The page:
I returned to Mozambique in November to catch up with the Maputo-based team members and to join them for more research visits to Katembe to undertake focus groups and interviews with women identified by Project Co-I Valda Marcos through Romao Vicente and Bernardo Martiaho from the Department of Fisheries. During these visits, the project gathered information from communities in Katembe distributed along the coastline. This was made possible with the support of community leaders. The complexities of liaising with women with busy working lives required flexibility. Many of the women are responsible for the processing and sale of daily catches of fish and for growing vegetable crops on their small plots of land. During my visit there were torrential, and unusually long-lasting bouts of rainfall, attributed by the Katembe community to climate change, which necessitated some interviews to be re-scheduled at short notice as women went to work in their fields to maintain their young crops, particularly precious as the previous season’s drought, also believed to be the result of climate change, had resulted in a seed shortage.
Over three days of research visits in Mahlampfane, Guachene and Incassane neighbourhoods, we were able to reach and speak to a total of sixteen women ranging in age from 19 to 67 years. Focus groups and interviews, in either Shangana or Portuguese languages, were led by Research Assistant Emilia. All the women included in the research were born and raised in Katembe. Many of them are mothers and daughters who still live in close proximity, while others, if not related, are lifelong friends.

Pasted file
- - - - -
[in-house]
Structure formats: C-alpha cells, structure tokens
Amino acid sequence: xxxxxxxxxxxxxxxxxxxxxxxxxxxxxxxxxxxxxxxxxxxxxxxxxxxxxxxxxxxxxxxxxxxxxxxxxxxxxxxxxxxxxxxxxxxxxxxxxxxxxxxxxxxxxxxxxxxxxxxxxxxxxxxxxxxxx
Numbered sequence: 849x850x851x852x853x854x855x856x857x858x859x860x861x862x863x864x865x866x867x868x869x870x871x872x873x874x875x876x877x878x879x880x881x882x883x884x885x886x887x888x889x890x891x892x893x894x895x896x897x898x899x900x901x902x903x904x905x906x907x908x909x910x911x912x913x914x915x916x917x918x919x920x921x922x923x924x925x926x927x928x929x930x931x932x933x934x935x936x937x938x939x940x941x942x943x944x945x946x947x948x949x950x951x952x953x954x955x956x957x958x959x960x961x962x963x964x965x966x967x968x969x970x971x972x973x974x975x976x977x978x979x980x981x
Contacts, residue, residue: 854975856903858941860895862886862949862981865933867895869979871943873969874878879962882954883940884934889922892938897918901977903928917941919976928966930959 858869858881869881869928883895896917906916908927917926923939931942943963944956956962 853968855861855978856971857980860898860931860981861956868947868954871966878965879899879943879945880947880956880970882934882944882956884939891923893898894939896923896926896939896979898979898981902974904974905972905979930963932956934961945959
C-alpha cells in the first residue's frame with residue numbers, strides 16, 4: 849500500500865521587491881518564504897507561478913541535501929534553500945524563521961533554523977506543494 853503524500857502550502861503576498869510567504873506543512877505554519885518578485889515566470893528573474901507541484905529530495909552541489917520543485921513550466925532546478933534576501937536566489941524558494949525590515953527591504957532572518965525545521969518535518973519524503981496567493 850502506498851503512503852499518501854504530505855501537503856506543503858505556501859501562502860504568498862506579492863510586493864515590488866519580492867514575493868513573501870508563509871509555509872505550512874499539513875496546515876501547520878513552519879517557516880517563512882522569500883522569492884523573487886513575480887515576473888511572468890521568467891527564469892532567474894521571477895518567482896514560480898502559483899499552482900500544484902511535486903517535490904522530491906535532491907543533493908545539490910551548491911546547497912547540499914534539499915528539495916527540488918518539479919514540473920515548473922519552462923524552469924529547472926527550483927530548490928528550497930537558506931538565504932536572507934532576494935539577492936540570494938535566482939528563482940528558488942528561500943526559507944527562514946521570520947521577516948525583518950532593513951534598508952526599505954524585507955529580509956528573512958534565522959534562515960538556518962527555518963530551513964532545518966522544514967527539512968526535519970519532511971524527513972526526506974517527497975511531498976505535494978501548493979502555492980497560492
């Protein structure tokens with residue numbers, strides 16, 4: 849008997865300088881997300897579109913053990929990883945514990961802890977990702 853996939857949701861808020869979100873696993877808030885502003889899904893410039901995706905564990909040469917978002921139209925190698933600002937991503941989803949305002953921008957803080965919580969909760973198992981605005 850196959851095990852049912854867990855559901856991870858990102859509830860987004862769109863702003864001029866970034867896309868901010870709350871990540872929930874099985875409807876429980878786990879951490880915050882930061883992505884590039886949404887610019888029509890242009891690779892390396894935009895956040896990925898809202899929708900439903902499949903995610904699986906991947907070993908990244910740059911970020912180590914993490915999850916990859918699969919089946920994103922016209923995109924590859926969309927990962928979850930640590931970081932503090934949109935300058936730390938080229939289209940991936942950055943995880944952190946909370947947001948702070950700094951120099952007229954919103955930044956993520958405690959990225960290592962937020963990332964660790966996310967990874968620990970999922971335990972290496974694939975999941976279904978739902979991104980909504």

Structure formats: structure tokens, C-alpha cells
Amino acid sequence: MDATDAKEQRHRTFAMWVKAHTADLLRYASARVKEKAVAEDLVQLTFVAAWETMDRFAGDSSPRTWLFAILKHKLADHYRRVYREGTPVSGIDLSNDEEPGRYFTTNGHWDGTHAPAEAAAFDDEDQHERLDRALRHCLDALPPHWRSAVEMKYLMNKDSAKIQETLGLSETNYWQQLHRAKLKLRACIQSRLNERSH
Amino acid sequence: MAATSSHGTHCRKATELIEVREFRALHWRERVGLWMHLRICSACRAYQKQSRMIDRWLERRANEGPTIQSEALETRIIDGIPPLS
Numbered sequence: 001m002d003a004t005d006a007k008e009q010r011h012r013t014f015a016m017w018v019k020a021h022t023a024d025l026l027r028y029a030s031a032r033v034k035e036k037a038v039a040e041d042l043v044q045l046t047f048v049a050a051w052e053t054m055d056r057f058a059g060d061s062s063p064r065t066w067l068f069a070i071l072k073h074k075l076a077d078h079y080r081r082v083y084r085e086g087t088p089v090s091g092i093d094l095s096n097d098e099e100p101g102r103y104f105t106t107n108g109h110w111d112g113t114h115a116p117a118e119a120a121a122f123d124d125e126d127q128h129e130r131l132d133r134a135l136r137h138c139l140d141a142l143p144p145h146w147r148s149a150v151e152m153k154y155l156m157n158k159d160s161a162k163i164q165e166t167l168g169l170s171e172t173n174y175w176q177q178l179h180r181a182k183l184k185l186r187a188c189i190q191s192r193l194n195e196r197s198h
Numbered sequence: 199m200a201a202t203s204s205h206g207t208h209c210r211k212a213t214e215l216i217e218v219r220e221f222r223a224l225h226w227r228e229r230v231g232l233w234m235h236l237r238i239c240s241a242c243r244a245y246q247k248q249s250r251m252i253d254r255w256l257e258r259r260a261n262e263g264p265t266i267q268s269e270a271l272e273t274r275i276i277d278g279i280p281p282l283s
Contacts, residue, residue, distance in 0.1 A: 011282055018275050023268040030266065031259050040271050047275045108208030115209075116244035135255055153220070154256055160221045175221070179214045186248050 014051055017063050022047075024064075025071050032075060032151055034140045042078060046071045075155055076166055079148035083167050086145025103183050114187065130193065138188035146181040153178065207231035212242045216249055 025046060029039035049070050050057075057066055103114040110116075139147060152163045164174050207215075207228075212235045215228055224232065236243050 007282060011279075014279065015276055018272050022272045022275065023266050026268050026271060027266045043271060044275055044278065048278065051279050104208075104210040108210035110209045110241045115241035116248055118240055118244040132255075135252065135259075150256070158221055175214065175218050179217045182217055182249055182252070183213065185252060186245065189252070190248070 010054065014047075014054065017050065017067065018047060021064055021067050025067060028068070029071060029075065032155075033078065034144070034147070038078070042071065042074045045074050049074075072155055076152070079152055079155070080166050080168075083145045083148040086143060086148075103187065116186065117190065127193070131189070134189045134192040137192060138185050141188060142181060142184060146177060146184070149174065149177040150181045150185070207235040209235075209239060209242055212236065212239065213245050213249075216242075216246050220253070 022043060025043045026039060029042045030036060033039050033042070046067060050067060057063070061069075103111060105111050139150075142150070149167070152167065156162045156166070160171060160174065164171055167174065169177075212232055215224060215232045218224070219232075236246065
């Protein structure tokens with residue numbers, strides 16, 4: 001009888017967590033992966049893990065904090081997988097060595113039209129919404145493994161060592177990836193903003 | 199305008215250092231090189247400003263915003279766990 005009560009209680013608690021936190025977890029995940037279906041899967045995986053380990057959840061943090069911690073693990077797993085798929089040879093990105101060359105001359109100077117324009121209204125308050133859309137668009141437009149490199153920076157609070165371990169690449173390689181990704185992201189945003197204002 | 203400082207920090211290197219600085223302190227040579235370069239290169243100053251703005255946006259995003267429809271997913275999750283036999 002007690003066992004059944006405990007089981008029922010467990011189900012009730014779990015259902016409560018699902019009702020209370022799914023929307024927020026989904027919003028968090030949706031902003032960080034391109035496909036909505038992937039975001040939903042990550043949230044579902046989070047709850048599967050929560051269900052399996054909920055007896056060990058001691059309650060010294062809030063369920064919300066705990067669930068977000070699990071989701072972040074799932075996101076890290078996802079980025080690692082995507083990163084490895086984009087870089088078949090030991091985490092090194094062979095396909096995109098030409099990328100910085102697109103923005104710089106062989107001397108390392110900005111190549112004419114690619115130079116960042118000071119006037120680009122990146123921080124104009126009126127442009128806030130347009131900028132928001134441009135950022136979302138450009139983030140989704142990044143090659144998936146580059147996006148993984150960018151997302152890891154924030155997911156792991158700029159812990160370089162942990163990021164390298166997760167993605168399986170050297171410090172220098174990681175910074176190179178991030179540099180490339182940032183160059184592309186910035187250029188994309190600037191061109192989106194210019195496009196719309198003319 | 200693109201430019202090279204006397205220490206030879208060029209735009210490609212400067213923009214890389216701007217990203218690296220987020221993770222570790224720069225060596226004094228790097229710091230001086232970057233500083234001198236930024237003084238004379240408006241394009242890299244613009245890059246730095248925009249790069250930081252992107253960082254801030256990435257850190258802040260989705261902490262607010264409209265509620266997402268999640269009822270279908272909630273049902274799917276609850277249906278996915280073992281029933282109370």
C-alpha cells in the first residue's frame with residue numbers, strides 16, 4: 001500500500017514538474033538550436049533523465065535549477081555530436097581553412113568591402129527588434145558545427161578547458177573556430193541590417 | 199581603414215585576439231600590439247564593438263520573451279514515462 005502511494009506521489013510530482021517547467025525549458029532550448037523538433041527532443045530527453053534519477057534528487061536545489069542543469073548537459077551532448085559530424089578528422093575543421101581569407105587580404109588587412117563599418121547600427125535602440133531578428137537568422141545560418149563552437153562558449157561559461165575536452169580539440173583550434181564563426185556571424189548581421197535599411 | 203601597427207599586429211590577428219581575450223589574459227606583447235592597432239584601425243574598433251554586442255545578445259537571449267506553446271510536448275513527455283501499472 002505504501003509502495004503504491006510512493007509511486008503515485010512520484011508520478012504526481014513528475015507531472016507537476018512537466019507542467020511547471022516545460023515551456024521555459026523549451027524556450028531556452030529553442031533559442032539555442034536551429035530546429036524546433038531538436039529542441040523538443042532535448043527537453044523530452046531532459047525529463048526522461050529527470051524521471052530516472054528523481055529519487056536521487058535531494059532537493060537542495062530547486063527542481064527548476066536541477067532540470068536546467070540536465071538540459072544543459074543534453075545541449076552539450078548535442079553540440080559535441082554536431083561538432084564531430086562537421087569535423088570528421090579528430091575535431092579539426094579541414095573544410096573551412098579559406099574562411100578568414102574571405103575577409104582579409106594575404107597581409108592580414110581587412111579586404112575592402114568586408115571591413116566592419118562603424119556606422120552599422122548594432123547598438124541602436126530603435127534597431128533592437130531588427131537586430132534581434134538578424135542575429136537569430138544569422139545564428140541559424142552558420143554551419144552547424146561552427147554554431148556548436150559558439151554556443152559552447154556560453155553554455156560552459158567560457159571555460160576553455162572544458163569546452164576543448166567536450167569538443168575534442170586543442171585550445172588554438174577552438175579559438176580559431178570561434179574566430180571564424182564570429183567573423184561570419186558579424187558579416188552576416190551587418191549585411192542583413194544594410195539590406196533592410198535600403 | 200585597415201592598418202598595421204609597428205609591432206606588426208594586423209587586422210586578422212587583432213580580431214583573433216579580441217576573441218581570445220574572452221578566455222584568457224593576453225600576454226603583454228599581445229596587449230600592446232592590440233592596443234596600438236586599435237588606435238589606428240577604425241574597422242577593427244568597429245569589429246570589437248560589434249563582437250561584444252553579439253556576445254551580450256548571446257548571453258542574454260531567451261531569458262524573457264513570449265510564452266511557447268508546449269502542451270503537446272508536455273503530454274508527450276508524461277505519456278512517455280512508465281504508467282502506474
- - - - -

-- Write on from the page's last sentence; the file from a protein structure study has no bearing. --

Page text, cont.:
These included a focus group in Mahlampfane with three women Ana, Katarina and Zenia who ranged in age from mid-sixties to early twenties. Following our arrival and our introduction to the project, one of them went into her house and returned with three capulana, which she kindly presented as gifts of welcome for each of the team. The capulana is a popular gift for special occasions including birthday, Valentine’s day, naming ceremonies, weddings and funerals.